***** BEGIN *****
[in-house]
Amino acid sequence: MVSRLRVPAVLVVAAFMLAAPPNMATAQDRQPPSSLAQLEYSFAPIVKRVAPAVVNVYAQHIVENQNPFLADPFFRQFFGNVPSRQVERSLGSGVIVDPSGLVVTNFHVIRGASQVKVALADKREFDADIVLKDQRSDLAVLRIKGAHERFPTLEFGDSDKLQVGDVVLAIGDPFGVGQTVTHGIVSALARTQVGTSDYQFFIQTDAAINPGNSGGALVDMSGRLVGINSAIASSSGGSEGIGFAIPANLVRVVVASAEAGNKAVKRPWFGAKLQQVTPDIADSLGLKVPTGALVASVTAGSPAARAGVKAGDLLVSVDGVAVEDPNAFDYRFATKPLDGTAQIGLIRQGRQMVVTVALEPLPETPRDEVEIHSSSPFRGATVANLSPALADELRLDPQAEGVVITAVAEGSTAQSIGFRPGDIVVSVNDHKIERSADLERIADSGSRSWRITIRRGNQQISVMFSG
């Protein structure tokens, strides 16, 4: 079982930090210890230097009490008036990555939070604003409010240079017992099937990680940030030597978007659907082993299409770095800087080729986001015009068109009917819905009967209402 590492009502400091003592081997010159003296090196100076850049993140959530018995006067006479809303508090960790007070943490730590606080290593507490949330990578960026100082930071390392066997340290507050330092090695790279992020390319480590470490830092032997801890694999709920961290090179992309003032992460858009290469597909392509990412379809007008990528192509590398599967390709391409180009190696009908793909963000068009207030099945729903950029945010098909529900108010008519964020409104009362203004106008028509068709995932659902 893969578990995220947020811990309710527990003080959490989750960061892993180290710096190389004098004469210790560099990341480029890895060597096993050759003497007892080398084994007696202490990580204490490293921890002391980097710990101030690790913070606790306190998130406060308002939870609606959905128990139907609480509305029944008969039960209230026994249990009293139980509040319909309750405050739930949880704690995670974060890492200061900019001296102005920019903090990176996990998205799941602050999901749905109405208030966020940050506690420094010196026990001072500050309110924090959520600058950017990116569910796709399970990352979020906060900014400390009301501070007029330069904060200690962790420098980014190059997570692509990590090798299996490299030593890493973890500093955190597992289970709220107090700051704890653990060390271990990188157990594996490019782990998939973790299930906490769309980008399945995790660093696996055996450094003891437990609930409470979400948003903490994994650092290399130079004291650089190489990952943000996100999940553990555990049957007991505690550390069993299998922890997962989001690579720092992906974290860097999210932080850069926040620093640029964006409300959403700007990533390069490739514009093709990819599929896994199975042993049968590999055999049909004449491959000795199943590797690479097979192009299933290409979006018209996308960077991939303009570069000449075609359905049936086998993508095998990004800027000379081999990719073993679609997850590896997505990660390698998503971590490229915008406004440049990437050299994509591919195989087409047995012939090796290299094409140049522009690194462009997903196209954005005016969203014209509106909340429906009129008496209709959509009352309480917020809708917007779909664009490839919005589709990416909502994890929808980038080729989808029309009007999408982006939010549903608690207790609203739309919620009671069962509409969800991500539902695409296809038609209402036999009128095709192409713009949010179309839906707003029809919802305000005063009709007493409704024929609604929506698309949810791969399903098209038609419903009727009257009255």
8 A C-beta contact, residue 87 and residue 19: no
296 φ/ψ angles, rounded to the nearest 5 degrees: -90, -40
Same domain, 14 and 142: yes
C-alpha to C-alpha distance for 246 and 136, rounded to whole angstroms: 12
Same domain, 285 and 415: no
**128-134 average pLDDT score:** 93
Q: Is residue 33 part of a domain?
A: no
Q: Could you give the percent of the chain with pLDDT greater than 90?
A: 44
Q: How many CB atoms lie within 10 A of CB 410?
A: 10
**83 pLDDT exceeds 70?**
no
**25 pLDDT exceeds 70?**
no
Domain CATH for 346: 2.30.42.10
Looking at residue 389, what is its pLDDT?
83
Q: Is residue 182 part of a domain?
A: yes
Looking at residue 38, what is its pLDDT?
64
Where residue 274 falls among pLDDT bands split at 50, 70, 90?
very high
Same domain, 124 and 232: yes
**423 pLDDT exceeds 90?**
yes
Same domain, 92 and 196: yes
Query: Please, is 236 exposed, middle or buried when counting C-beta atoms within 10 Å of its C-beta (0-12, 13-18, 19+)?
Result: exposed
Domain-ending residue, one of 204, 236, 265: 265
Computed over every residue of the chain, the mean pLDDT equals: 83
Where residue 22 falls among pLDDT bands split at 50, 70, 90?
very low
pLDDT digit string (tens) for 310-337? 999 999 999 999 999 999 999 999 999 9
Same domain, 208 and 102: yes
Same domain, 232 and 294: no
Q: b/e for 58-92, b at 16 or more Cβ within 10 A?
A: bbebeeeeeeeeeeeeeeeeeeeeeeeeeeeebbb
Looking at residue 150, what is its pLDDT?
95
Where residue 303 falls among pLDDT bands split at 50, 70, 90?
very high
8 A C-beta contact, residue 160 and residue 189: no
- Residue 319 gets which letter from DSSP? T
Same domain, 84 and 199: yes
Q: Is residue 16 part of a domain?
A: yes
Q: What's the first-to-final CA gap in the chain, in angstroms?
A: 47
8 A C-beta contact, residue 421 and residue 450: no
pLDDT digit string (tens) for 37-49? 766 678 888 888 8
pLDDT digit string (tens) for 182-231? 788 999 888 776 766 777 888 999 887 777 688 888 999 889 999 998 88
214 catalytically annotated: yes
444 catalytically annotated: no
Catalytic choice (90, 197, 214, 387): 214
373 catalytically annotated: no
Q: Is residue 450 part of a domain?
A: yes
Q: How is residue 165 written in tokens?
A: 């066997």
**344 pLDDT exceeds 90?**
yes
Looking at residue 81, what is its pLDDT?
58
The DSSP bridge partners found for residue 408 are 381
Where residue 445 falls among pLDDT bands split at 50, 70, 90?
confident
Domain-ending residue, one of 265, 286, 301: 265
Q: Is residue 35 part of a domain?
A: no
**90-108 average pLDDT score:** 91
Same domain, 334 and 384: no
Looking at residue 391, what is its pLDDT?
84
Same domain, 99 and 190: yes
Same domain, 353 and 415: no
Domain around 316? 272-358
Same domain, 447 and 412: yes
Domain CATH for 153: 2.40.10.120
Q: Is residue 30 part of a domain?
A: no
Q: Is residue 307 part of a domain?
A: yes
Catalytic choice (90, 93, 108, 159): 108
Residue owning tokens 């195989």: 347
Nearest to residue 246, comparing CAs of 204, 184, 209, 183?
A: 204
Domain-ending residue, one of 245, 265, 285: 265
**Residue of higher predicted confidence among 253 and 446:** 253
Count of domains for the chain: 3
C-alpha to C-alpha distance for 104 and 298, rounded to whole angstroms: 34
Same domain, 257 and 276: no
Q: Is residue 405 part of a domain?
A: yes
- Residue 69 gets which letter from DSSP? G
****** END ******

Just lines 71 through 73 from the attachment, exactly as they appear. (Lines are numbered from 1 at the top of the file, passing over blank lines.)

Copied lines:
Where residue 445 falls among pLDDT bands split at 50, 70, 90?
confident
Domain-ending residue, one of 265, 286, 301: 265